Learn Hiragana For Travel in Japan

travel in japanese hiragana

Learning hiragana is essential to traveling through Japan. Hiragana is the easiest and phonetic of Japan’s three writing systems.

Mnemonics and flashcards can assist in memorization, along with practice. There are plenty of apps and online resources to assist your learning. Furthermore, knowing basic numbers from one through ten is also helpful for successful memorization.

1. Getting There

Mastering hiragana is essential to traveling in Japan. The Japanese native script, it represents most words used daily in everyday conversations written using this alphabet and can help you interpret most of the spoken languages from locals. By learning to read hiragana you will quickly and easily be able to appreciate all that Japan offers!

Begin your learning of Japanese writing by mastering the hiragana characters a, e, i, o and u. Keep in mind that Japanese letters must be read from left to right and stroked in an ordered sequence; any deviation can result in unreadable scribble!

After you have mastered one group, move onto the next. The r, n, m and y groups may be harder, but their mnemonics make learning them easier. Once all these letters have been learned it’s time to move onto variation hiragana known as dakuten – these characters look like double quotation marks and alter certain consonant columns’ pronunciation; not difficult to memorize and will allow you to read many foreign loanwords more efficiently in Japanese!

2. Getting Around

As a first time traveler to Japan, there’s much to learn when it comes to transportation. From getting from the airport to your hotel and train lines to learning basic phrases used by tourists without speaking Japanese – all these tasks can prove tricky and require practice!

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Know Your Hiragana will come in handy here. By learning a few mnemonics, it will become much simpler for you to memorize the characters corresponding to English alphabet words, making life much simpler when travelling or searching for answers.

There are three different writing systems used in Japanese: Hiragana, Katakana and Kanji. Hiragana and Katakana are syllabic scripts representing sounds; these may also be combined with Kanji which represent meaning.

Start learning Hiragana and then work your way up through Katakana, Kanji (if desired) and finally Hiragana again. Knowing all three will assist in reading, writing and communicating in Japanese effectively; be sure to bring a pocket dictionary or phrasebooks when traveling throughout Japan.

3. Food

Japan is well-renowned for its cuisine, which may differ greatly from that of your home country. Therefore, it is beneficial to familiarize yourself with some basic phrases for ordering food in Japanese.

One of the most useful skills you can acquire is learning to ask questions, which can help navigate any restaurant with ease. A popular phrase used here is “Sou desu ka?” which translates as: “Is that so?” or “Yes, really”.

At a crucial part of ordering food in Japan is knowing that verbs don’t conjugate according to their subject – which can make ordering challenging! Confusion arises when trying to figure out who exactly you’re speaking to!

However, this rule has some exceptions so it’s essential to understand Japanese grammar a little better. An example would be the small letter “tsu,” which may resemble an English letter “a”, yet is actually pronounced an English “a”. Another exception would be “n” which sounds similar to an “i” in English but is actually written with two consonants that sound alike: remember it by viewing it as double consonants!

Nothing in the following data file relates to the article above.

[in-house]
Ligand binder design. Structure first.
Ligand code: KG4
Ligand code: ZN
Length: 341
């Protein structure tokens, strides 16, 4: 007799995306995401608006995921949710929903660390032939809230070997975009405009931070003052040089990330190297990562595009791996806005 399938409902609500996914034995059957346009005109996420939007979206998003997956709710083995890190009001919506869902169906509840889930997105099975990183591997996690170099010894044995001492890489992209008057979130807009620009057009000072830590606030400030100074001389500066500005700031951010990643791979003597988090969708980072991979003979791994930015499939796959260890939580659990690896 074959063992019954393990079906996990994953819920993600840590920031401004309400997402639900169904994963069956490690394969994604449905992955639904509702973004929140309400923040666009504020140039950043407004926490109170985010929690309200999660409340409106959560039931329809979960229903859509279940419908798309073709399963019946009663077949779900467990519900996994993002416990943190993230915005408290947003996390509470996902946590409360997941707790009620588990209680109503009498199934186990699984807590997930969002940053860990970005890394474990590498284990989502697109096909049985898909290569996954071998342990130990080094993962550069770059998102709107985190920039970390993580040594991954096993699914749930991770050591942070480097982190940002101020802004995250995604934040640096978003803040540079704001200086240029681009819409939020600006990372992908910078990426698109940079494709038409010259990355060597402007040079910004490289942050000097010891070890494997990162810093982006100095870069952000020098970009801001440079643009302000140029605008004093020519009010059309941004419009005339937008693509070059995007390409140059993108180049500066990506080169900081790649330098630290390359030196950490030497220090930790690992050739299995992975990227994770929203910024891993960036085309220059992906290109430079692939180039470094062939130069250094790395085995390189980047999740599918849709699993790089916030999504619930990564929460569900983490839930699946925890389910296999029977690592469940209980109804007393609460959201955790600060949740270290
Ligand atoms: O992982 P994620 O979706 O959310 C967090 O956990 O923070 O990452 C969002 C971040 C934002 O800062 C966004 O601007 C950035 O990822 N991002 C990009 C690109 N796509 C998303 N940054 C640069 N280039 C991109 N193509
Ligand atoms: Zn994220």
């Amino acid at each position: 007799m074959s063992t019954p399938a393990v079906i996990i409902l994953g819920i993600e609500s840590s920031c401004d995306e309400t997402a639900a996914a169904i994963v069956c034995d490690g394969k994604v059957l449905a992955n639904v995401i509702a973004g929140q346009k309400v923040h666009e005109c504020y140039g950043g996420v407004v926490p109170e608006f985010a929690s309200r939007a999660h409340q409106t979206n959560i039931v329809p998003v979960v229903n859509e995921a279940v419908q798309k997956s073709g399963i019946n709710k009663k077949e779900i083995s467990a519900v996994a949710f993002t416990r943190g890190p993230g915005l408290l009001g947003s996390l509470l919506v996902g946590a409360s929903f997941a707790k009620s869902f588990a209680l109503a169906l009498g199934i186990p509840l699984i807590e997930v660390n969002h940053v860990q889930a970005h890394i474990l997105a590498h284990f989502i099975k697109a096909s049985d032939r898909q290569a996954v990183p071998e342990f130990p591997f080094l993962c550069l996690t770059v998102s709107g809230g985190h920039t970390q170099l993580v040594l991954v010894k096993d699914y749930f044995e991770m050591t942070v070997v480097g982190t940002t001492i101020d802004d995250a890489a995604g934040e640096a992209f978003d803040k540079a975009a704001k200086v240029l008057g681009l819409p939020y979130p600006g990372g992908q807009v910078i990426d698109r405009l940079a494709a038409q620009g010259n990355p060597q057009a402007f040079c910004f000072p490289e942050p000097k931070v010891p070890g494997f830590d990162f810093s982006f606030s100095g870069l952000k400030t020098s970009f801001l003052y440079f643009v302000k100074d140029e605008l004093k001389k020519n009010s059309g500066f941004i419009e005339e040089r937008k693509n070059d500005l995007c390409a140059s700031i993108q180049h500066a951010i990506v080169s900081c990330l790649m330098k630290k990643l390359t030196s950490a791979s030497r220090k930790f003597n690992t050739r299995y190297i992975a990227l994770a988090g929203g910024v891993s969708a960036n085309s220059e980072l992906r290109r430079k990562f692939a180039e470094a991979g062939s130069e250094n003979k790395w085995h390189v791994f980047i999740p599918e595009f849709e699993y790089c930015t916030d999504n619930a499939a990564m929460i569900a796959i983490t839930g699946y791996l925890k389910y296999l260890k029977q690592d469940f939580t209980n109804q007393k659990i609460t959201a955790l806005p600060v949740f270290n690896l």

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4. Accommodations

No matter where you stay in Japan – from hotels, inns, capsule hotels () and more – Omotenashi – the art of providing service without expecting anything in return – is at the core of Japanese culture and essential for an enjoyable visit!

A ryokan is a traditional inn offering comfortable tatami rooms, a communal bath and an exquisite kaiseki meal – the latter often found at mountain or onsen locations. A great way to experience Japanese hospitality, but it can be expensive.

Most hotels in Japan accept credit cards, though it is wise to carry some cash when traveling to smaller cities or rural areas. Furthermore, as many hotel staff members don’t speak English fluently it would be wise to learn some key Japanese hotel phrases in advance!

5. Transportation

If you’re traveling to Japan without speaking the local language fluently, learning just a few key phrases will make your trip much simpler. Doing so will enable you to move around more easily, order meals at restaurants more effectively, communicate with locals more fluently, and understand polite language and restaurant etiquette more readily.

Hiragana is the phonetic alphabet used in written Japanese alongside kanji. Consisting of 46 characters that represent sounds within Japanese, each character contains vowels and consonants within two letters – thus creating a phonetic alphabet.

Katakana is similar to hiragana but with some key distinctions. It can be used for marking foreign words adapted into Japanese as well as names transliterated from transliterations, telegrams or emphasis.

Hiragana features cursive writing while katakana more closely resembles print, making the difference easy to learn. Katakana follows more of a Latin alphabet structure by reading from left to right – perfect for Westerners! To aid with learning both styles of Japanese characters you can download a free hiragana chart which can assist in understanding each character more clearly.

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